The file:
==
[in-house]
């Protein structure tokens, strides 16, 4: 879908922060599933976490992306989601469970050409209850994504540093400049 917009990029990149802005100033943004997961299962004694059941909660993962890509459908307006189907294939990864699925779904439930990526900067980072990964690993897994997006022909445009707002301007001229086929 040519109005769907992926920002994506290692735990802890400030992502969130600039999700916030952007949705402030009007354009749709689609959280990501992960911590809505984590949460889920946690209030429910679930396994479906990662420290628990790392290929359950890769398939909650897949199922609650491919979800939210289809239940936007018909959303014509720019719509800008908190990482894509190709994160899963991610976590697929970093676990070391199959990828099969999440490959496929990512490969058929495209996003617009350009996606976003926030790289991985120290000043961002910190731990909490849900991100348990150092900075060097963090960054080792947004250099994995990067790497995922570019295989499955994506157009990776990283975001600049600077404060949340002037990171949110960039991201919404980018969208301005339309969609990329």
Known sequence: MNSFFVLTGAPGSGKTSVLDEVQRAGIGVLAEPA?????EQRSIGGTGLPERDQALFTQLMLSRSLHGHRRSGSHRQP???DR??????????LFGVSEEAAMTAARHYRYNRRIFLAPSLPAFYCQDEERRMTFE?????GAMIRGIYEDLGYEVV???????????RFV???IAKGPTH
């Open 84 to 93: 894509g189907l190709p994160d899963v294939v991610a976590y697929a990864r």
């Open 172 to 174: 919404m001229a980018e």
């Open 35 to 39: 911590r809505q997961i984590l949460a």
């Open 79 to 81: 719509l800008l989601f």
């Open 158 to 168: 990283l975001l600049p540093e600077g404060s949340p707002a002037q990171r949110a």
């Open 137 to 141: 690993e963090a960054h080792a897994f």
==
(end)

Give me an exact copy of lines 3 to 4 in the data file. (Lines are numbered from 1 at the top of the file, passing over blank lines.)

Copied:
Known sequence: MNSFFVLTGAPGSGKTSVLDEVQRAGIGVLAEPA?????EQRSIGGTGLPERDQALFTQLMLSRSLHGHRRSGSHRQP???DR??????????LFGVSEEAAMTAARHYRYNRRIFLAPSLPAFYCQDEERRMTFE?????GAMIRGIYEDLGYEVV???????????RFV???IAKGPTH
């Open 84 to 93: 894509g189907l190709p994160d899963v294939v991610a976590y697929a990864r």